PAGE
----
How to Win Back Inactive Customers

Often, ecommerce store owners’ primary focus is acquiring new customers. And why is this? Well, put simply, because new customers are sources of new revenue. But what about your existing customers? It’s tempting to latch onto something shiny and new. However, while new customers are indeed critical to any business, it’s actually more cost-effective to try to convince your existing customers who haven’t purchased in a while to return than it is to try to lure new subscribers towards their first purchase.

Think of it this way: inactive customers can be an untapped resource, a whole channel of potential revenue that you have access to. And the best part is, because they’ve purchased before, you probably already know a lot about them — all you have to do is put a little effort into winning them back.

Know Your Audience

As with any relationship, there’s a reason your inactive customers were drawn to you in the first place — and a reason they left, too. Both are important when formulating your win-back strategy. You need to leverage what brought them to you and remedy (or downplay) why they left. Of course, some of this is subject to speculation, which makes it a difficult exercise.

In general, inactive customers are going to fall somewhere on the spectrum between “lost causes” and “need a little attention.” Some reasons for inactivity might include:

  • A customer has purchased one of your products for a particular holiday or event
  • You rebranded or drastically changed your product selection, and they’re just not into it anymore (sorry)
  • They have changed drastically and they’re just not into it anymore
  • You did something to upset them, like botched their most recent order
  • Your emails are going to their spam folder
  • Your emails are going to their Promotions Tab, if they’re using Gmail (hint: there’s no rule that says you can’t ask your subscribers to move your emails into their primary inbox)

You can glean valuable information on which category inactive customers fall into by segmenting based on when their last purchase was. If their last purchase was on Black Friday, for example, it’s likely they were enticed by a special deal you were offering and fall into the “purchased for a particular holiday” category. If it was before a massive brand overhaul on your part, they might fall into the “not into it anymore” category.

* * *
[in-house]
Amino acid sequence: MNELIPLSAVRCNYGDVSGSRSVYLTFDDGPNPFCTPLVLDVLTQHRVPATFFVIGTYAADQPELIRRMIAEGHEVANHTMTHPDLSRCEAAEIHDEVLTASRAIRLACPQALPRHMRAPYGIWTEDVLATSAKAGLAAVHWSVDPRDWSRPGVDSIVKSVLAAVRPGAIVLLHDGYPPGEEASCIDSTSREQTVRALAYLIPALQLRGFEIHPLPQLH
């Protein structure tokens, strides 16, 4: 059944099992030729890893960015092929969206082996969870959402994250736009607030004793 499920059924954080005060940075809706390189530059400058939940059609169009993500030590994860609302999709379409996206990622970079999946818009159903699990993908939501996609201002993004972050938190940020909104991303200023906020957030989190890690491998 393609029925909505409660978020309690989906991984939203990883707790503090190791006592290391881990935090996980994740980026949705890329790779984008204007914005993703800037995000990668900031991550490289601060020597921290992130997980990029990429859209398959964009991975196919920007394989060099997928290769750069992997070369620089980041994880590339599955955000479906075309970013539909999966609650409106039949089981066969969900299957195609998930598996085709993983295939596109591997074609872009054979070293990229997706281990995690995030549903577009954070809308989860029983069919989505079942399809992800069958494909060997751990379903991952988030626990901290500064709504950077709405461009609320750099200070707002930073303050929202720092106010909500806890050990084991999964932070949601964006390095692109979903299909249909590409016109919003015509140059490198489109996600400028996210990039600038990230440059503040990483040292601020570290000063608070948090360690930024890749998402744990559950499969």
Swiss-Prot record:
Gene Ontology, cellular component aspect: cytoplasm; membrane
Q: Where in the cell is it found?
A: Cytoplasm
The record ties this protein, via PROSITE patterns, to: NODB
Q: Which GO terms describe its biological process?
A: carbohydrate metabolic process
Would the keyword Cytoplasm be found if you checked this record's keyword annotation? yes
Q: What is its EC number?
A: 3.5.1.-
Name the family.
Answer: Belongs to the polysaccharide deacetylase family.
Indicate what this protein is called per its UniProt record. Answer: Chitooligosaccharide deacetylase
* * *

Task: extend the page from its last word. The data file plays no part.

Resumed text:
If you send a post-purchase followup email, you can survey customers. By asking about their experience, you can ascertain any weaknesses in your shipping/delivery process, product quality, etc., which will allow you to handle the forth point.

Prioritize

In order to make your message as targeted as possible, you’re probably going to have to dive beyond the time of last purchase. A great way to further hone these categories is to segment based on frequency of purchases and amount of money spent. If a customer bought from you five times over the course of five months and stopped abruptly two months ago, for instance, there’s a good chance they can be won back. The same goes for someone who only purchased from you a couple of times, but spent a large sum of money each time — these are high-priority customers.

We also advise you to segment based on activity on your site. If you have web tracking set up, you are able to create segments based on certain pages customers have visited, or just whether or not they have visited your site in general. If an inactive customer has recently visited your site, it’s an indication that they’re still interested, so make sure to take advantage of this opportunity.

Content

When we say prioritize, we essentially mean you should rank these tiers of inactive customers in order of how much effort you should put into winning them back. This translates to number of emails in the win-back flow and incentives. You shouldn’t send the same email to each tier — instead, you should tailor the message and timing of your win-back flows to each.

The most common way ecommerce store owners try to win back customers is by offering them special deals and promotions. This could mean free shipping, a percent discount, or some other incentive, depending on your business. Since they likely make up a small subset of your customer base, offer a larger percent discount or otherwise more enticing offer to your high-priority inactive customers.

Sephora Win-back

For customers who have visited your site since becoming inactive, include content that is relevant to the pages they visited. If they viewed a specific product, feature this product in the email and offer them a discount. I received the above email from Sephora because I was browsing through Bumble and Bumble hair products.

For customers who haven’t visited your site since becoming inactive, include some of your popular products, or any information they might have missed. The content of this sort of “While you were gone…” email can be adjusted based on how long a customer has been inactive for, too. Plain text emails can also be a great way to make your message feel sincere and personal.

Conclusion

Finally, you should make sure that each of these types of win-back emails is part of a flow, and not a standalone campaign. Regardless of the type, you should send at least one followup email after your initial win-back, if only to survey customers about why they left.

 

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